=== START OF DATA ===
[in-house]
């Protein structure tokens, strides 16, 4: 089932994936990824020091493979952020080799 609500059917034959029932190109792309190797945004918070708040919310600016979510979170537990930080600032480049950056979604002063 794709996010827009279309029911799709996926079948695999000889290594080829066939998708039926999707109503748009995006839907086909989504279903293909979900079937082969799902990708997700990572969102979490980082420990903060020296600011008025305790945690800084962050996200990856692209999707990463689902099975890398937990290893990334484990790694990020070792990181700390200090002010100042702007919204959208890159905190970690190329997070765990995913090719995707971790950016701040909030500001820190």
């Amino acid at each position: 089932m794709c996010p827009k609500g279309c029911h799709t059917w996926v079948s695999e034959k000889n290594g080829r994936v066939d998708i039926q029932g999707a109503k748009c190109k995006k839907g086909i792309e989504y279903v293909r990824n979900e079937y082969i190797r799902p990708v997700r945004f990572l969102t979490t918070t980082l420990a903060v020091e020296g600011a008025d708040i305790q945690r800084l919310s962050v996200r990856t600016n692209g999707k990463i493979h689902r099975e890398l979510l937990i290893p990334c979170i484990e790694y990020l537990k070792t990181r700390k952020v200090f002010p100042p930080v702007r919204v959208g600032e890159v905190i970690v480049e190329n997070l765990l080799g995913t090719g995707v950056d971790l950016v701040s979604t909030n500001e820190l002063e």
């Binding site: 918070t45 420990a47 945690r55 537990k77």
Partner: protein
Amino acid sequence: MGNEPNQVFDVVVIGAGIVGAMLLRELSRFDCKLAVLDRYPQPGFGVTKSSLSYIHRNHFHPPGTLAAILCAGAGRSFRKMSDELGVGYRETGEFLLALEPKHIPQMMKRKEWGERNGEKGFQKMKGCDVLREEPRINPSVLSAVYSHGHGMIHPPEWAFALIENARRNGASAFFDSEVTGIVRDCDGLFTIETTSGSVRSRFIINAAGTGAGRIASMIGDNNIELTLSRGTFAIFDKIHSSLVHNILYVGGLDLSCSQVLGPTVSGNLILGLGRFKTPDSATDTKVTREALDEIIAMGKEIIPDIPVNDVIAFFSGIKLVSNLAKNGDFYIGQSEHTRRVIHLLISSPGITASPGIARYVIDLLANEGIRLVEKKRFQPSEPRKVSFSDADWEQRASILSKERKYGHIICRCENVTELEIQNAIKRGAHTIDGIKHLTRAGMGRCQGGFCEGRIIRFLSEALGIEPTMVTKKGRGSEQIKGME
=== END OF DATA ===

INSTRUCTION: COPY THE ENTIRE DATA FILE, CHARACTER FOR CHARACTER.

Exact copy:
[in-house]
């Protein structure tokens, strides 16, 4: 089932994936990824020091493979952020080799 609500059917034959029932190109792309190797945004918070708040919310600016979510979170537990930080600032480049950056979604002063 794709996010827009279309029911799709996926079948695999000889290594080829066939998708039926999707109503748009995006839907086909989504279903293909979900079937082969799902990708997700990572969102979490980082420990903060020296600011008025305790945690800084962050996200990856692209999707990463689902099975890398937990290893990334484990790694990020070792990181700390200090002010100042702007919204959208890159905190970690190329997070765990995913090719995707971790950016701040909030500001820190």
């Amino acid at each position: 089932m794709c996010p827009k609500g279309c029911h799709t059917w996926v079948s695999e034959k000889n290594g080829r994936v066939d998708i039926q029932g999707a109503k748009c190109k995006k839907g086909i792309e989504y279903v293909r990824n979900e079937y082969i190797r799902p990708v997700r945004f990572l969102t979490t918070t980082l420990a903060v020091e020296g600011a008025d708040i305790q945690r800084l919310s962050v996200r990856t600016n692209g999707k990463i493979h689902r099975e890398l979510l937990i290893p990334c979170i484990e790694y990020l537990k070792t990181r700390k952020v200090f002010p100042p930080v702007r919204v959208g600032e890159v905190i970690v480049e190329n997070l765990l080799g995913t090719g995707v950056d971790l950016v701040s979604t909030n500001e820190l002063e």
């Binding site: 918070t45 420990a47 945690r55 537990k77």
Partner: protein
Amino acid sequence: MGNEPNQVFDVVVIGAGIVGAMLLRELSRFDCKLAVLDRYPQPGFGVTKSSLSYIHRNHFHPPGTLAAILCAGAGRSFRKMSDELGVGYRETGEFLLALEPKHIPQMMKRKEWGERNGEKGFQKMKGCDVLREEPRINPSVLSAVYSHGHGMIHPPEWAFALIENARRNGASAFFDSEVTGIVRDCDGLFTIETTSGSVRSRFIINAAGTGAGRIASMIGDNNIELTLSRGTFAIFDKIHSSLVHNILYVGGLDLSCSQVLGPTVSGNLILGLGRFKTPDSATDTKVTREALDEIIAMGKEIIPDIPVNDVIAFFSGIKLVSNLAKNGDFYIGQSEHTRRVIHLLISSPGITASPGIARYVIDLLANEGIRLVEKKRFQPSEPRKVSFSDADWEQRASILSKERKYGHIICRCENVTELEIQNAIKRGAHTIDGIKHLTRAGMGRCQGGFCEGRIIRFLSEALGIEPTMVTKKGRGSEQIKGME